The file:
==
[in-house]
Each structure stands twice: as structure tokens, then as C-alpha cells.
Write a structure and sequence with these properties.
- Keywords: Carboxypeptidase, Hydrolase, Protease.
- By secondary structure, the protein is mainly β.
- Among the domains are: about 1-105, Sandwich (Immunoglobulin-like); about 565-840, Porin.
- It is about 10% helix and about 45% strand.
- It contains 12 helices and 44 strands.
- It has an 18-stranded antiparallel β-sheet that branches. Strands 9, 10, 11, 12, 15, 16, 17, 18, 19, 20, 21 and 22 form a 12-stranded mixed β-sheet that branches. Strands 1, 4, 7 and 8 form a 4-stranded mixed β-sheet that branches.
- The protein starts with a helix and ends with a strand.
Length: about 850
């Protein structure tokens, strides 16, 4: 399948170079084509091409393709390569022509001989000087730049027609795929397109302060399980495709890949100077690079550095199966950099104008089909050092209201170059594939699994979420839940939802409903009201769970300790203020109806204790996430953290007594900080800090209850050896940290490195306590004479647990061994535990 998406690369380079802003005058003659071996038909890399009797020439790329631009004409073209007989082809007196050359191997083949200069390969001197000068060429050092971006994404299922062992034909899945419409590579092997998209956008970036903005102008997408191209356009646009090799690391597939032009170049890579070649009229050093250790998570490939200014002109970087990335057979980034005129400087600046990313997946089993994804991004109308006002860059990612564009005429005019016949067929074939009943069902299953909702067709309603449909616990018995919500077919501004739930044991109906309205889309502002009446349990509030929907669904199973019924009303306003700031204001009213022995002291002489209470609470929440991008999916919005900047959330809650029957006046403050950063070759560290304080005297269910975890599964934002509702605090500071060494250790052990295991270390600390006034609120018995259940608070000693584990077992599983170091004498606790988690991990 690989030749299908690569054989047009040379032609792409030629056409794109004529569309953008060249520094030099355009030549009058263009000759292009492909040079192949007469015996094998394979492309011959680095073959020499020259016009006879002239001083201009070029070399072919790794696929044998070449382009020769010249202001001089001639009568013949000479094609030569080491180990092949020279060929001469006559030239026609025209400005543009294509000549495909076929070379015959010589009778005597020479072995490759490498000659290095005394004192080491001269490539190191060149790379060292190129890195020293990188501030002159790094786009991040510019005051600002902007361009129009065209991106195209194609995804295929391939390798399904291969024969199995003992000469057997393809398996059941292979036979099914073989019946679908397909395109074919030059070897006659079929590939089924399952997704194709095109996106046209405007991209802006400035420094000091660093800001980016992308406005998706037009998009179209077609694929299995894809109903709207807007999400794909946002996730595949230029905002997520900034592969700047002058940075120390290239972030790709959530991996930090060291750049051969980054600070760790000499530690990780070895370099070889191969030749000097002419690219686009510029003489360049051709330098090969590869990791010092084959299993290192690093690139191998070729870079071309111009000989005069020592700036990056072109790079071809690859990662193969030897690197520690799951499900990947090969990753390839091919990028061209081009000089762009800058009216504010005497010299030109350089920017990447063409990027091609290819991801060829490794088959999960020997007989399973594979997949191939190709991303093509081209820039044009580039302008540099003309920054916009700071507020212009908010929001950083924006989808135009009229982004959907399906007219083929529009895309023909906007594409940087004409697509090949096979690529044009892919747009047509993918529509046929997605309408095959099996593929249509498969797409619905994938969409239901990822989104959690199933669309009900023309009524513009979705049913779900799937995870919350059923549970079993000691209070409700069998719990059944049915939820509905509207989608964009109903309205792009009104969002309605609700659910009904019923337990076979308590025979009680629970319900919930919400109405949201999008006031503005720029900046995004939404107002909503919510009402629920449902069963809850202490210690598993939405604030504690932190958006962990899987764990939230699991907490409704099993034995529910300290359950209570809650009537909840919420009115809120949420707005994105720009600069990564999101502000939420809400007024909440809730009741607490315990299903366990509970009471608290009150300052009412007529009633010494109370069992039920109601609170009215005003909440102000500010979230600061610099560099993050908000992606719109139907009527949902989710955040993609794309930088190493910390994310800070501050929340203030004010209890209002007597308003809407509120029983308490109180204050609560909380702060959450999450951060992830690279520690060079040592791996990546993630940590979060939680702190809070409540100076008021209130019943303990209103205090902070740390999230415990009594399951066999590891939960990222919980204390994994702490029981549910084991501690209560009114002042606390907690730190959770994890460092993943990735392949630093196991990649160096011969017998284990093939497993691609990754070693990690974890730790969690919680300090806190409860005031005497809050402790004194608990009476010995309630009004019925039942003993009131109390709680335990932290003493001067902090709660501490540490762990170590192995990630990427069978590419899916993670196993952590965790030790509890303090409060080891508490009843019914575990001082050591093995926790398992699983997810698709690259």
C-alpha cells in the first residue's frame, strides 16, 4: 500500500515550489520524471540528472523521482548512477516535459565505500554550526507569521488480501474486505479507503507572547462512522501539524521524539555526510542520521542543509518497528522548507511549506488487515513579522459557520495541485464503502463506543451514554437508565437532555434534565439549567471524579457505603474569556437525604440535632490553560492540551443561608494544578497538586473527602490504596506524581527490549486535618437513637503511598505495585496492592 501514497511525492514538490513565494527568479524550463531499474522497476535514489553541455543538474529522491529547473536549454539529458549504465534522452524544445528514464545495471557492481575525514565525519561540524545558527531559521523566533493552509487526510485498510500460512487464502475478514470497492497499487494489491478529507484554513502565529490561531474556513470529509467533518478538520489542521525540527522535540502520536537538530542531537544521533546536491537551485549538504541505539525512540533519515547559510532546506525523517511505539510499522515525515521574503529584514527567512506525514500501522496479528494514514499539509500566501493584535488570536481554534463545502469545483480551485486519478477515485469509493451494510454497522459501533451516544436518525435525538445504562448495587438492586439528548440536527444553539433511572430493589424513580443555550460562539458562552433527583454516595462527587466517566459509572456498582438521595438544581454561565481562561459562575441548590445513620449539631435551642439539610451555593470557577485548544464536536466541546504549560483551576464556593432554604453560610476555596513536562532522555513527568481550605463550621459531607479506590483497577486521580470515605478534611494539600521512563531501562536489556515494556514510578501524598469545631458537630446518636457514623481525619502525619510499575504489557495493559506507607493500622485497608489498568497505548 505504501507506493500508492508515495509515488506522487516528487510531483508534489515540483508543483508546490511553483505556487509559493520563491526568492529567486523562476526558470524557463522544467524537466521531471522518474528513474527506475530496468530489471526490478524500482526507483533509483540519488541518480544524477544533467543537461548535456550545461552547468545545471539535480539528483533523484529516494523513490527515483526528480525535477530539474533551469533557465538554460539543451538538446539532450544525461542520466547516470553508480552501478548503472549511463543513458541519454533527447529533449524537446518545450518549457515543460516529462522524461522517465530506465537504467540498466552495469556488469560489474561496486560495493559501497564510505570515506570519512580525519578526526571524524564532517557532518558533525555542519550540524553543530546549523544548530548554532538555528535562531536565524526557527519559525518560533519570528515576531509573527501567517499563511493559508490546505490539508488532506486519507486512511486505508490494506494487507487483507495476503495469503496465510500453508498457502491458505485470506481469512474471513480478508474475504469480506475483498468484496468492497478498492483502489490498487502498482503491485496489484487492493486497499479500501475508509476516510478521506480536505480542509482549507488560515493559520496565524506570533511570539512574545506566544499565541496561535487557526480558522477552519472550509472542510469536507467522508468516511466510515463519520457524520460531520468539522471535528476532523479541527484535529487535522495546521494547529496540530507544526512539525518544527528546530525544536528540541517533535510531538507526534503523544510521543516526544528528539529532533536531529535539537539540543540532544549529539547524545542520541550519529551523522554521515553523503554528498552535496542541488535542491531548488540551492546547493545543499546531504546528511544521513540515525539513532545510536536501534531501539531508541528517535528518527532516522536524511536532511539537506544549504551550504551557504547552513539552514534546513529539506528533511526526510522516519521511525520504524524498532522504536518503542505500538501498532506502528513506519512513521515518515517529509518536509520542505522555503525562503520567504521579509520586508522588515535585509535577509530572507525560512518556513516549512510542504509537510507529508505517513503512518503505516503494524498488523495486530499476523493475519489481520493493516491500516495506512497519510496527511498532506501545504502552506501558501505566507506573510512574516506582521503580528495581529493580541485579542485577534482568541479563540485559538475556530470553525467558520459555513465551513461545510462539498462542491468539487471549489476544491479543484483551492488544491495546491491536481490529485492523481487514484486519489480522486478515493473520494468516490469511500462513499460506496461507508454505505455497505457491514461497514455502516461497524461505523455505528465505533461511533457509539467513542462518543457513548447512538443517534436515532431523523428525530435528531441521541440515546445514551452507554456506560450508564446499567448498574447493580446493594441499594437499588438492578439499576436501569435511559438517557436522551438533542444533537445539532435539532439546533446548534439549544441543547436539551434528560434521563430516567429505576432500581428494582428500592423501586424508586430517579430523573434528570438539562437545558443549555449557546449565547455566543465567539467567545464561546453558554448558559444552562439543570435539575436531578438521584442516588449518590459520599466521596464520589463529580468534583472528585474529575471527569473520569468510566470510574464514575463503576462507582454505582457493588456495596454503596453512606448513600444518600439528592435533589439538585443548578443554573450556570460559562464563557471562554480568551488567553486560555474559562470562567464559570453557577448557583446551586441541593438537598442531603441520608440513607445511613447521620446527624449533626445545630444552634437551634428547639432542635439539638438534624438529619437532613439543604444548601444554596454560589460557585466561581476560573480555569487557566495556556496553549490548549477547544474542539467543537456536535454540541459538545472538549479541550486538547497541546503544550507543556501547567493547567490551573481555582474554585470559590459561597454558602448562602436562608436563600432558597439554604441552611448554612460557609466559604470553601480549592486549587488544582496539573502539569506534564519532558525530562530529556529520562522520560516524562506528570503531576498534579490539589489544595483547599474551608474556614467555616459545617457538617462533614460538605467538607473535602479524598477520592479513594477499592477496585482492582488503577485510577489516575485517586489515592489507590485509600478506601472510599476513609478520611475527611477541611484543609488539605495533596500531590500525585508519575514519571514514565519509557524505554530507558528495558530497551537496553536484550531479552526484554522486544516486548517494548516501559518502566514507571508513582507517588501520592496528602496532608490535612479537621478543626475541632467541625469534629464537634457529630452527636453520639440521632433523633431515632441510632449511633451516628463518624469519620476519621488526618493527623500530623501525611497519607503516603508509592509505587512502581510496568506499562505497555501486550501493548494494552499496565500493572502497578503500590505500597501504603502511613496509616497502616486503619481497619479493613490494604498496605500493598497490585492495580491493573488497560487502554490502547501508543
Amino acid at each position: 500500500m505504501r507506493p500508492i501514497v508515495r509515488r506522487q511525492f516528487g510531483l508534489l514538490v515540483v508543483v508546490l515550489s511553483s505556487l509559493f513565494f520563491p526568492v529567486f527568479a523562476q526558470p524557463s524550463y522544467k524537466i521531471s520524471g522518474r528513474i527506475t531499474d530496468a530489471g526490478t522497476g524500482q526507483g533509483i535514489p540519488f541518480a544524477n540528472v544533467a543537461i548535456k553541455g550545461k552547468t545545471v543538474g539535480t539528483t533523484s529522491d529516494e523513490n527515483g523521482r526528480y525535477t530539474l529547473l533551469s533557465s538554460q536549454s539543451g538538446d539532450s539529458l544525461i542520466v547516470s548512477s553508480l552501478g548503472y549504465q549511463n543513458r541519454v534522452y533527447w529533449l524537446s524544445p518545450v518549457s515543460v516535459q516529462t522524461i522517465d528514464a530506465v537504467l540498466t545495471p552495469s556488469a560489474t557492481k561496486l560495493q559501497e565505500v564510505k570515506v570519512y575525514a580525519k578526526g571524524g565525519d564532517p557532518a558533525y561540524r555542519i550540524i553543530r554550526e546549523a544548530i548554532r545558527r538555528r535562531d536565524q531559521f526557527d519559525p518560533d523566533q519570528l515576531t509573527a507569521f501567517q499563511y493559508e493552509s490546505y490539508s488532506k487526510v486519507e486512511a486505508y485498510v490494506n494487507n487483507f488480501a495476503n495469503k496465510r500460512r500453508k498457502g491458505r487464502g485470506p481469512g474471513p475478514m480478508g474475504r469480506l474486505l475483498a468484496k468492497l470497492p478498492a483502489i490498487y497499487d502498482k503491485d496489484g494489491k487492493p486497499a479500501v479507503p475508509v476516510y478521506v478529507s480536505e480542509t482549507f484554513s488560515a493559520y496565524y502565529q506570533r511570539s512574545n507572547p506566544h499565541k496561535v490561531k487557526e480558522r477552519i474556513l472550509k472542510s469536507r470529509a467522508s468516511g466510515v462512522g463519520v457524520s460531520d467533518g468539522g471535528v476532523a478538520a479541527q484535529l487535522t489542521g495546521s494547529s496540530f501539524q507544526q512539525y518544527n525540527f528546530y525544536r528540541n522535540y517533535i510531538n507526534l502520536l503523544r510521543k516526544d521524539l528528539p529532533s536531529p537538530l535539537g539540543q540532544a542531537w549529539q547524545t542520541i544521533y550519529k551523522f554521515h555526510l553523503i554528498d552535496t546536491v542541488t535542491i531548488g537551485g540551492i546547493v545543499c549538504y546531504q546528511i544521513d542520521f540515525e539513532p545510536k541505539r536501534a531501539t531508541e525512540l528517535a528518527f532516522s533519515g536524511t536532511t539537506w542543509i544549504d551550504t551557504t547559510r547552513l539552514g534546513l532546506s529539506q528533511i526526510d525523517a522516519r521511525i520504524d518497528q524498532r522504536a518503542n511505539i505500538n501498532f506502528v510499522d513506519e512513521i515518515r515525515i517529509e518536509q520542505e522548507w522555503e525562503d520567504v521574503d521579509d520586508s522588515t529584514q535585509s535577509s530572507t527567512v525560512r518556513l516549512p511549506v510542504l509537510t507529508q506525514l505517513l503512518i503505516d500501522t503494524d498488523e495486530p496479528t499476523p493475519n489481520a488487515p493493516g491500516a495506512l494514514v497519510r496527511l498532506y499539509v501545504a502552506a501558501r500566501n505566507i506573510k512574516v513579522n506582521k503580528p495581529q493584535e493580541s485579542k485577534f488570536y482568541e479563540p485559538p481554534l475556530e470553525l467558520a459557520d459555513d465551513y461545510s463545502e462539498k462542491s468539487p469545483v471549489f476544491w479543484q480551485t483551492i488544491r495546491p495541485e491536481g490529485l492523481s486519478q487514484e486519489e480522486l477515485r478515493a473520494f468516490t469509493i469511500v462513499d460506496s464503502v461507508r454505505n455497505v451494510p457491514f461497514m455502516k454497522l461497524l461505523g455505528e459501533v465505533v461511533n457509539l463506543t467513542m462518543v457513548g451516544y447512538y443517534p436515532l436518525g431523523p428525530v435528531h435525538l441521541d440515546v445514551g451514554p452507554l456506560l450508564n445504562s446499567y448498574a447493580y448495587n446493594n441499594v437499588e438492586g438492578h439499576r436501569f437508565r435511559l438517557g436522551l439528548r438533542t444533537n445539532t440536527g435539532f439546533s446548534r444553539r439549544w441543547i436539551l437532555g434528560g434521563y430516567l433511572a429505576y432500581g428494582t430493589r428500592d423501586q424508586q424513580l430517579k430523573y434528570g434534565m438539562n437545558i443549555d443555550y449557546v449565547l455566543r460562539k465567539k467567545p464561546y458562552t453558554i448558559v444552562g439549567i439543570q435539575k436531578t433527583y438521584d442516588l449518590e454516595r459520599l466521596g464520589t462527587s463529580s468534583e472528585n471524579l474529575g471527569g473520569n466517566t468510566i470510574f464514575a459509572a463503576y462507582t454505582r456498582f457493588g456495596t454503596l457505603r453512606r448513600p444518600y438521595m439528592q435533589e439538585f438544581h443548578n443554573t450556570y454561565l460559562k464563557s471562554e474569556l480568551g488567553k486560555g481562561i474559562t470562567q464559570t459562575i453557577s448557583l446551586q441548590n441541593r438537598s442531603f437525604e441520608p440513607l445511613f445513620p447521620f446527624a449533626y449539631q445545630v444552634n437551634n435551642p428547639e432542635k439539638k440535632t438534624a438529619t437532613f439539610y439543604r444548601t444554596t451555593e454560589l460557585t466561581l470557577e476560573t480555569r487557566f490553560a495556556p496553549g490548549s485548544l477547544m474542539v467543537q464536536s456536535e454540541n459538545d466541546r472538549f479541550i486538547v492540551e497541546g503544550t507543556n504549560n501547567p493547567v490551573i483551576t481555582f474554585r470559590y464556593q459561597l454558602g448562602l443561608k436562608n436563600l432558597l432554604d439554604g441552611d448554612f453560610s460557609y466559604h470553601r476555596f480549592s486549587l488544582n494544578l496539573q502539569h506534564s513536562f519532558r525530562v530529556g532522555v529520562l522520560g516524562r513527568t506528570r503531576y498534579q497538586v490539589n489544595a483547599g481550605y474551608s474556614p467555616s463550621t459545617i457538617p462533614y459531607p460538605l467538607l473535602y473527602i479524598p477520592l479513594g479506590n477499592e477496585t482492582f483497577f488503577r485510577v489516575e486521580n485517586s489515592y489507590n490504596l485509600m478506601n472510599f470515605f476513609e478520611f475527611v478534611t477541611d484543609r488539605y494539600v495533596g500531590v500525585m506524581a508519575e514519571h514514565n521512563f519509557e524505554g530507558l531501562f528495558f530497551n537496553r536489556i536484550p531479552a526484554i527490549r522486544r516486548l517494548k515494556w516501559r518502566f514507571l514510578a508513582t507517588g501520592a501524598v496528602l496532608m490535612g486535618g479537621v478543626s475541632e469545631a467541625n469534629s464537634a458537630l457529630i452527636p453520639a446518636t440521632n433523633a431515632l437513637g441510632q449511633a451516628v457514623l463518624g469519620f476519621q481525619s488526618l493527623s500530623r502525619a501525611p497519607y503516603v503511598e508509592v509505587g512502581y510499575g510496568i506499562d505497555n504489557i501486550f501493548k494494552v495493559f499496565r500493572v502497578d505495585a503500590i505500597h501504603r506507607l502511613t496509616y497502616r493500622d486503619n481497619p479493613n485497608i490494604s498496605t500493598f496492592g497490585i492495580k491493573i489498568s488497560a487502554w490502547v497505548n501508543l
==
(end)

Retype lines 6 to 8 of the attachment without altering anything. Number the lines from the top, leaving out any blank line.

- Among the domains are: about 1-105, Sandwich (Immunoglobulin-like); about 565-840, Porin.
- It is about 10% helix and about 45% strand.
- It contains 12 helices and 44 strands.